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Validation of the data fields of a DNS zone file

by dwm042 (Priest)
on Sep 20, 2010 at 14:32 UTC ( [id://860850] : perlquestion . print w/replies, xml ) Need Help??

dwm042 has asked for the wisdom of the Perl Monks concerning the following question:

Are there any Perl resources for ways (regular expressions appreciated) for the validation of the various fields of a DNS zone file? In particular I'm interested in validation of the SOA header, but validation resources for the common RR entries would be much appreciated as well.

Things like the end of a CNAME record almost resemble a standard address, except for that period at the end of the name. Therefore, many common canned patterns are unavailable. Another example is the MNAME, which isn't quite a standard email address, and also should be terminated with a period (usually!)


Update: Found Regexp::Common::dns, though it isn't a supported component of the Regexp::Common tree.

  • Comment on Validation of the data fields of a DNS zone file

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Re: Validation of the data fields of a DNS zone file
by gman (Friar) on Sep 20, 2010 at 15:03 UTC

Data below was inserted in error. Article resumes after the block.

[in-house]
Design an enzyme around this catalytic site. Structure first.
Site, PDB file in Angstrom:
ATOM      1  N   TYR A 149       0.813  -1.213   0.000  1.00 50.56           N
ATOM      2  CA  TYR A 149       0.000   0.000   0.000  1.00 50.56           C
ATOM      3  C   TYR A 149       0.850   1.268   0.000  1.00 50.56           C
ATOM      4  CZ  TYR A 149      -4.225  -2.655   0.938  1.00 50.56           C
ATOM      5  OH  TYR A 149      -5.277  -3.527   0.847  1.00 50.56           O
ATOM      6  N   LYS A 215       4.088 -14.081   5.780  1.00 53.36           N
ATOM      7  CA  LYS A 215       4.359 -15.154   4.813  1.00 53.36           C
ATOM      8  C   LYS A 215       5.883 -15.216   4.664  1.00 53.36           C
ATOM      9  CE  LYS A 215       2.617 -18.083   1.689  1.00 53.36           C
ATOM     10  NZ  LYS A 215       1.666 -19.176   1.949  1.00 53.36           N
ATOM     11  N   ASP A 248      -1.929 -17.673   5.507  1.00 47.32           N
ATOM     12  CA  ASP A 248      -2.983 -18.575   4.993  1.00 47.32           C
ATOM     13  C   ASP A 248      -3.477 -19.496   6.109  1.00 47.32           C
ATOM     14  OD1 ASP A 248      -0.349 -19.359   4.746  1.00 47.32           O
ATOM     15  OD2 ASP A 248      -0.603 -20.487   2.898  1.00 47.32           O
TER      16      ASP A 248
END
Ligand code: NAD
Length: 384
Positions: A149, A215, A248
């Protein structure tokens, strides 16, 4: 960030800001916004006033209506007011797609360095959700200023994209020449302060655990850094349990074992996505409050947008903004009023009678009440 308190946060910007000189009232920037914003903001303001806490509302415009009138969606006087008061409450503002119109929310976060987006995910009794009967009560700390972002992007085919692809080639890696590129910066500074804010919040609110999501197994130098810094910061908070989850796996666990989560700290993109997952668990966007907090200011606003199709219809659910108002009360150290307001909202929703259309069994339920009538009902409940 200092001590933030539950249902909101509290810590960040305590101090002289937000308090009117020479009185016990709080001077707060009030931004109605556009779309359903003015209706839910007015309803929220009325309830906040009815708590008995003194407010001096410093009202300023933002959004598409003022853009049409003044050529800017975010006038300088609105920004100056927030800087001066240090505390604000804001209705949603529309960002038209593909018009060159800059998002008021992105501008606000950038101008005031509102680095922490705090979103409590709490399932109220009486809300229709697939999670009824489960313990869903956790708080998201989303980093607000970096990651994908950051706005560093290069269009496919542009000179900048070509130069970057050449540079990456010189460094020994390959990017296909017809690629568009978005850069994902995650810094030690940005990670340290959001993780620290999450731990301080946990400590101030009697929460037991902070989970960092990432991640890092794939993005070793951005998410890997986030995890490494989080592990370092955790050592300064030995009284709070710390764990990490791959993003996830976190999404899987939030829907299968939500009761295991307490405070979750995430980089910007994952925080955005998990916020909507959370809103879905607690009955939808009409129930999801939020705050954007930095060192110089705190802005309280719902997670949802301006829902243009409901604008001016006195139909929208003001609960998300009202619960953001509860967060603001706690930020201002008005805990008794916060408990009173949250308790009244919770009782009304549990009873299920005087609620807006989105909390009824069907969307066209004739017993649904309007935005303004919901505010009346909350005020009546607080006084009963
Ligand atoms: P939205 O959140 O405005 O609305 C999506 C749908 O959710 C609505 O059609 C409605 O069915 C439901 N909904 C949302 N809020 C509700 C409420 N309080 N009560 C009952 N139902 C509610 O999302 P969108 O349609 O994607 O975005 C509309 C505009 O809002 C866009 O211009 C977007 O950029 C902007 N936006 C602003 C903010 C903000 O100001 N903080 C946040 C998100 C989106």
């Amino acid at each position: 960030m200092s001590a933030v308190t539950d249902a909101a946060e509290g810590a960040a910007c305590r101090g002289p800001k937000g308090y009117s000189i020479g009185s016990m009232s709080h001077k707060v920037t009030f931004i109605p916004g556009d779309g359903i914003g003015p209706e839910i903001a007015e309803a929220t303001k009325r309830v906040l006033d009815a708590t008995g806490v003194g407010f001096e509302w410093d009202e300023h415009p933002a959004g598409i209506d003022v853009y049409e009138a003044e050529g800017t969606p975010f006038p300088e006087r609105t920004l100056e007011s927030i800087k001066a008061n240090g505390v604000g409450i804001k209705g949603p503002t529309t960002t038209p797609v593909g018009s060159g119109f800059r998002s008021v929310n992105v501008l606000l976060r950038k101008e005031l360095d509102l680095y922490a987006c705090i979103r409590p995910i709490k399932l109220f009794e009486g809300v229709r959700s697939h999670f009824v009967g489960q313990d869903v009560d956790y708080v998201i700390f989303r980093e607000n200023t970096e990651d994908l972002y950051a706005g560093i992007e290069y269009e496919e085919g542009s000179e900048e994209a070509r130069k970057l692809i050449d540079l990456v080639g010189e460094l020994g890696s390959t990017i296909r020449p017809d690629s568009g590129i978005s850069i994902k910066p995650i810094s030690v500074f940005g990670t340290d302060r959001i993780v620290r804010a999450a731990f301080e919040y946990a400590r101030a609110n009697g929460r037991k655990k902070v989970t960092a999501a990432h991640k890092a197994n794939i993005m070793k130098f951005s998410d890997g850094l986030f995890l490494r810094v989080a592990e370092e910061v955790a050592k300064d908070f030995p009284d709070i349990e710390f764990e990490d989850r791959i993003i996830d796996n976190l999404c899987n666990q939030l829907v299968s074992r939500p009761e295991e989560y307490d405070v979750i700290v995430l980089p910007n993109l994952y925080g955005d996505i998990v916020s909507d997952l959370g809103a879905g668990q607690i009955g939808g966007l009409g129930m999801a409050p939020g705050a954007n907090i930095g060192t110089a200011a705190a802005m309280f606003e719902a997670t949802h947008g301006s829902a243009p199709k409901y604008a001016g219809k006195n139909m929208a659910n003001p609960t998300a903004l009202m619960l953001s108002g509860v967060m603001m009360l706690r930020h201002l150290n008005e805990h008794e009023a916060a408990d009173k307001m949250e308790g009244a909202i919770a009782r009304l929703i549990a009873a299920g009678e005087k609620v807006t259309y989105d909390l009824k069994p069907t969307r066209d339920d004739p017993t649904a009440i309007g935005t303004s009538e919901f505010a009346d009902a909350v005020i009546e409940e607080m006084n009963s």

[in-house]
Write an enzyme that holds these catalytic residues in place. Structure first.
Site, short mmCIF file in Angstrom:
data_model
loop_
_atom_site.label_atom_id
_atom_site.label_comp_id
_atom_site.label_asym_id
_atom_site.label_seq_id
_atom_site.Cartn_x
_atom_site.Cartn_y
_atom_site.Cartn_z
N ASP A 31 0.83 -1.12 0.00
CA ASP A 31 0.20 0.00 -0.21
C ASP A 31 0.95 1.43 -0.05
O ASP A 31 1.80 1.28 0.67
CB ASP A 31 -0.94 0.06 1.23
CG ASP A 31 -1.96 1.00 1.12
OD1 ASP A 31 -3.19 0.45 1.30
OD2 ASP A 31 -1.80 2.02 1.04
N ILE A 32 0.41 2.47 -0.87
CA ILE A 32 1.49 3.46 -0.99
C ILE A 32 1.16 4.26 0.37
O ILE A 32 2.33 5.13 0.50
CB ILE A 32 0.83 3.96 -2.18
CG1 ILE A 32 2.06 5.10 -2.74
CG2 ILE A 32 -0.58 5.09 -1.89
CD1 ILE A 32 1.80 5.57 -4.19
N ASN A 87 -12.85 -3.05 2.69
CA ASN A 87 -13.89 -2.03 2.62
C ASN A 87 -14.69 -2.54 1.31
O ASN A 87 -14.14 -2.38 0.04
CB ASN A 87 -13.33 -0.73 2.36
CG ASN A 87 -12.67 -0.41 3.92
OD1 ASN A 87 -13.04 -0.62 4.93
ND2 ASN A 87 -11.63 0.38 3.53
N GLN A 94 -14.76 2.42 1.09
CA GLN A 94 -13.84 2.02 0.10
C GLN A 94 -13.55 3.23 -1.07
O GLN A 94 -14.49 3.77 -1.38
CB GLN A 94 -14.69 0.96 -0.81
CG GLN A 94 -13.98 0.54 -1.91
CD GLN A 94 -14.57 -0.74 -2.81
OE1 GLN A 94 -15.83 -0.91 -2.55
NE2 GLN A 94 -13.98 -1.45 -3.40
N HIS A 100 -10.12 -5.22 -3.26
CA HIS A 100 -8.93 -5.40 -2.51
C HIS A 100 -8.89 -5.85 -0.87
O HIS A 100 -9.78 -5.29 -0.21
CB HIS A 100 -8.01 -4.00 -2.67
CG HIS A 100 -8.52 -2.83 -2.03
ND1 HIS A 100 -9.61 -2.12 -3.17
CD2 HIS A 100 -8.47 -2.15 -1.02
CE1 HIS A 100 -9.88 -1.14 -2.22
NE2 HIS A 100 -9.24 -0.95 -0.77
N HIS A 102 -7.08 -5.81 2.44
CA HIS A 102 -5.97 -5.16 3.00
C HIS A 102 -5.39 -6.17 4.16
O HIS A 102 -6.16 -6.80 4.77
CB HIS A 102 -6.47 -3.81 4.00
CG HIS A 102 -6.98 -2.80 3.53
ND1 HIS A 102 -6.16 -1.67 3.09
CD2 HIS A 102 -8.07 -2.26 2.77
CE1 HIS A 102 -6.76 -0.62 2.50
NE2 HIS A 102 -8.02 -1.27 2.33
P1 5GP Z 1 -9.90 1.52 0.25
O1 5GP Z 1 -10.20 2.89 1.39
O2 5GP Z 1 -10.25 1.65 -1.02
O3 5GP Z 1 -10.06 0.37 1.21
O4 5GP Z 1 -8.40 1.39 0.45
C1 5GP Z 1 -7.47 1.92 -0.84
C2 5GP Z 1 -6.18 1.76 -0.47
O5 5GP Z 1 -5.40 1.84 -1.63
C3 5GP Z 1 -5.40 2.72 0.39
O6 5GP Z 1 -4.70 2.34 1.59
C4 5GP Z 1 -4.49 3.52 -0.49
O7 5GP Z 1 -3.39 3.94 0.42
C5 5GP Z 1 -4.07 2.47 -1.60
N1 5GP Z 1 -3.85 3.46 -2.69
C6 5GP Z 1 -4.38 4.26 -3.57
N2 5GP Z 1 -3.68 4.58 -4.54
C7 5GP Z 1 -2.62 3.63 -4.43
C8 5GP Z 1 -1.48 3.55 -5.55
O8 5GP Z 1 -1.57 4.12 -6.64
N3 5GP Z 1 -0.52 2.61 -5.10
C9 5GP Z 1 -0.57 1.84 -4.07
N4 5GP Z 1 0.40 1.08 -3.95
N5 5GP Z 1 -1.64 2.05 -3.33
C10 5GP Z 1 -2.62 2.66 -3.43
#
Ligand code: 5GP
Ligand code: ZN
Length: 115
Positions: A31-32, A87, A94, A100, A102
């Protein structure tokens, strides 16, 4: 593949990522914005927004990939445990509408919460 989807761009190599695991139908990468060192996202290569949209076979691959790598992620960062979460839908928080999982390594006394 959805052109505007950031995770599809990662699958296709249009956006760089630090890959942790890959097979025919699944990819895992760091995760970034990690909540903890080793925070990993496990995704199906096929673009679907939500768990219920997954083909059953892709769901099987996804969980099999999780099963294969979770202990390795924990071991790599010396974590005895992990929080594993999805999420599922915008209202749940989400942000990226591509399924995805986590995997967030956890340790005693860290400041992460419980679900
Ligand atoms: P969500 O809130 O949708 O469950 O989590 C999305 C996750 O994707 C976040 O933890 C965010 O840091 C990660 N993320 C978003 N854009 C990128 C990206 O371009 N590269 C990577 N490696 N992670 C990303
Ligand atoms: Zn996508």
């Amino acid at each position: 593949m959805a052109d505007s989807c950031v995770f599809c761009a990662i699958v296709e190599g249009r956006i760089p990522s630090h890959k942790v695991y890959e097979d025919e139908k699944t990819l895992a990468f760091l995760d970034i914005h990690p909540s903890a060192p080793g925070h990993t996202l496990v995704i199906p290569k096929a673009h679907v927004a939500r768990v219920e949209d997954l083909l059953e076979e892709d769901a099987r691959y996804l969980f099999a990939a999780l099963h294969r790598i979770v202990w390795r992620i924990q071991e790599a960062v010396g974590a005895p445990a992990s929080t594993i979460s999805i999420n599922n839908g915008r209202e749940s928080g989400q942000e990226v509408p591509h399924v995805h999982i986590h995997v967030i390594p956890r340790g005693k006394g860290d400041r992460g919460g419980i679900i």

Problem with Net::DNS is that it is looking over the Internet at a functioning DNS server. I'm looking at tools to parse the raw BIND zone files and look for errors that would prevent a server from starting.

      Further, certain entries are perfectly allowed on a working server, but can indicate an oversight. A record like this:

      @ IN MX 10

      This is a MX record pointing to Perfectly legit to an external source, but not really pointing where the author wanted. That's the kind of thing I'd like to generate a warning on, on the admin side of things.

      I suspect what I'm asking for is a very large library of REs that might have something useful in terms of DNS.


Re: Validation of the data fields of a DNS zone file
by Krellis (Initiate) on Sep 21, 2010 at 23:06 UTC

    Have you checked out named-checkzone, as distributed with BIND? It's not a Perl solution, I know, but it and its output could be included in a Perl solution, and might be better than re-inventing the wheel. Google will turn up plenty of examples of the manpage if you don't have an installed copy handy.